Suppose your products fit into a specific interest category (or your target audience has certain hobbies/ interests). In that case, you can reach this segment with Interest Ads.

In this example, the advertiser assumed that people interested in the camping lifestyle would also be interested in living a simple life, therefore using a Display Ad to promote the eBook. 

Topic/ Interest Ads can range from health and fitness to home deco to travel and beauty products, giving you numerous keywords to try and test.

Moreover, interest-based targeting also displays your Ads to users who Google searched the keywords you used in your Ads. 

  1. Target Your Competition

If you want to target new shoppers, who might not know you yet but know your competition, you can bid on keywords branded by your competitors. 

However, you should be careful here and don’t go after big players – their budgets are more significant, and they can outbid you. 

Yet, if your CLV is strong and you know how to play the retention game, it’s worth trying to capitalize on your competitors’ traffic. 


Regarding eCommerce campaigns, Google Ads are a safe bet for you and your eCommerce store.

Your eCommerce business can benefit from this advertising channel between all available targeting options and the many types of campaigns you can use.

A solid strategy, intriguing visuals, and well-written copy can bring you qualified leads and awareness and attract a steady flux of new customers monthly. 

However, seeing how the eCommerce landscape is currently challenging (to say the least) and the costs are higher than usual, you should consider using Google Ads for retention; instead of focusing on acquisition alone.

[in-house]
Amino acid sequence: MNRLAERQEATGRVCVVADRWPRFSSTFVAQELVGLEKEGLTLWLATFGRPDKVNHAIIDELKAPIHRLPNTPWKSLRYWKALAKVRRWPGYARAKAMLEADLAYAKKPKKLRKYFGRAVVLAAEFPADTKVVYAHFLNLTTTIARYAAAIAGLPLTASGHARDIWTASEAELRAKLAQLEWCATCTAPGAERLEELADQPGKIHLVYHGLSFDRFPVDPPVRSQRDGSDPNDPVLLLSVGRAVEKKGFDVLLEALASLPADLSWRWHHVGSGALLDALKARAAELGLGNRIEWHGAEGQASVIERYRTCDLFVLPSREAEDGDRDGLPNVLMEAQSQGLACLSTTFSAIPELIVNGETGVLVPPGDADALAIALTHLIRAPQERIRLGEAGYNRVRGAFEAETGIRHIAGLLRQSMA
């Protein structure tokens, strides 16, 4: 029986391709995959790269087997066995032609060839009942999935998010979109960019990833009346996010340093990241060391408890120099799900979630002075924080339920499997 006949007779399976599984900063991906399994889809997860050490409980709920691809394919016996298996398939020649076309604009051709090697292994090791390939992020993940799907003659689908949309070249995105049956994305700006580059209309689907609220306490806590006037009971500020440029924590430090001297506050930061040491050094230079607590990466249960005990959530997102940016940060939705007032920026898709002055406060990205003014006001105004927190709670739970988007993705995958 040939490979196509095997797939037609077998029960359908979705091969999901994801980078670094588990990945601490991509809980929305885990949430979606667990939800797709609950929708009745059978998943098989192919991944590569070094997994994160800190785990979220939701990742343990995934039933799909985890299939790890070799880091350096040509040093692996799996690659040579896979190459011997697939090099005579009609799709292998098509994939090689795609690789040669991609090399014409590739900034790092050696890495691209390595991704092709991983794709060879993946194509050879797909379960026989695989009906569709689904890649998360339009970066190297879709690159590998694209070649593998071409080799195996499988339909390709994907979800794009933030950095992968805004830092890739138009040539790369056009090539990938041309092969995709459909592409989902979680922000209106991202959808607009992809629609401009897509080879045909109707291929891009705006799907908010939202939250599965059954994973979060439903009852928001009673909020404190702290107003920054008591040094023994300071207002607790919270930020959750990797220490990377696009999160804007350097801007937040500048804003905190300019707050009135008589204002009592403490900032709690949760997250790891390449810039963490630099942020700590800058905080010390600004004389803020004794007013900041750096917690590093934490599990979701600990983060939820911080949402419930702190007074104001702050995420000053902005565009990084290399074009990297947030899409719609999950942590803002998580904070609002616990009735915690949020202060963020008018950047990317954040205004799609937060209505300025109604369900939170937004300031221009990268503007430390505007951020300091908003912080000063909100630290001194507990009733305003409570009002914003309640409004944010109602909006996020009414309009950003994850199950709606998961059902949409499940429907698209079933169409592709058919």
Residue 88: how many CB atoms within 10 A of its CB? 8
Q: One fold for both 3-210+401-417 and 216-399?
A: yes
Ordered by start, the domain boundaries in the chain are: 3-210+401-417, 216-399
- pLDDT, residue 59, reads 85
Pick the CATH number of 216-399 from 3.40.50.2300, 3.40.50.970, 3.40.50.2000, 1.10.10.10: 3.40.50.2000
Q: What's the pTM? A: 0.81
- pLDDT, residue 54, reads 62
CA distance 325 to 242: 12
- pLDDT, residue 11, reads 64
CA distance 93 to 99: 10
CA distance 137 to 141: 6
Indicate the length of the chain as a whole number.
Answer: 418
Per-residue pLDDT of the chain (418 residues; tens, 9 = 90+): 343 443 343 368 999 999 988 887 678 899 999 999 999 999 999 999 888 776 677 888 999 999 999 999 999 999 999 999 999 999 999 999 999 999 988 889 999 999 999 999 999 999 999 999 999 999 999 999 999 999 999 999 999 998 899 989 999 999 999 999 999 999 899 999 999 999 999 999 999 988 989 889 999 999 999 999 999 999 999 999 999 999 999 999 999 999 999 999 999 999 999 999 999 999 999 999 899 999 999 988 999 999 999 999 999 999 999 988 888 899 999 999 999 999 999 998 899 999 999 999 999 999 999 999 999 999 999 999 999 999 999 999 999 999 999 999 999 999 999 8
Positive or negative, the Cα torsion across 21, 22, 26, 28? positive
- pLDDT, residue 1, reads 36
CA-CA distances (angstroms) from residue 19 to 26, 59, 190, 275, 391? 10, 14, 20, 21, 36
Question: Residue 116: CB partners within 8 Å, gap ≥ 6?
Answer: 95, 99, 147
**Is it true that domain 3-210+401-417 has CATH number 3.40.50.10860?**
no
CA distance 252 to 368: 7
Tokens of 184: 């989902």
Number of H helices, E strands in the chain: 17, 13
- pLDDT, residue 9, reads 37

Retention is the game’s name, and Google Ads provide excellent opportunities to test retention campaigns for your eCommerce store. 

It’s cheaper and easier to convince customers to repeat their purchases than to gain strangers’ trust. 

Now it’s action time! 

Give Google Ads a chance, play with your creatives and audiences and drive more sales for your eCommerce business. Good luck!

Frequently Asked Questions about Google Ads for eCommerce

Are Google Ads good for ecommerce?

Yes. As of July 2022, Google holds 83,84% of the Ad Market Share. Google is also the preferred Search Engine worldwide, with 70k Google Searches happening every second. You should definitely consider advertising on Google to reach more customers and drive more sales.

How do I use Adwords for ecommerce?

You can use Google Ads (previously known as AdWords) to build your brands and drive more sales for your eComm store. You need to know the keywords used by your audience when they search for your product and test different types of campaigns until you reach the golden ration.

Why are Google Ads important for eCommerce?

Google Ads provide an excellent channel for advertising, since your target audience will search for your products (or similar products) on Google before deciding to buy. Moreover, Google Ads allows you to showcase your products on partner websites and reach even more potential customers.

Which ads are best for an eCommerce website?

Shopping Ad campaigns and Video Ad campaigns will work for an eCommerce website. However, it’s important to test all types of Google Ads and see which one works best for you.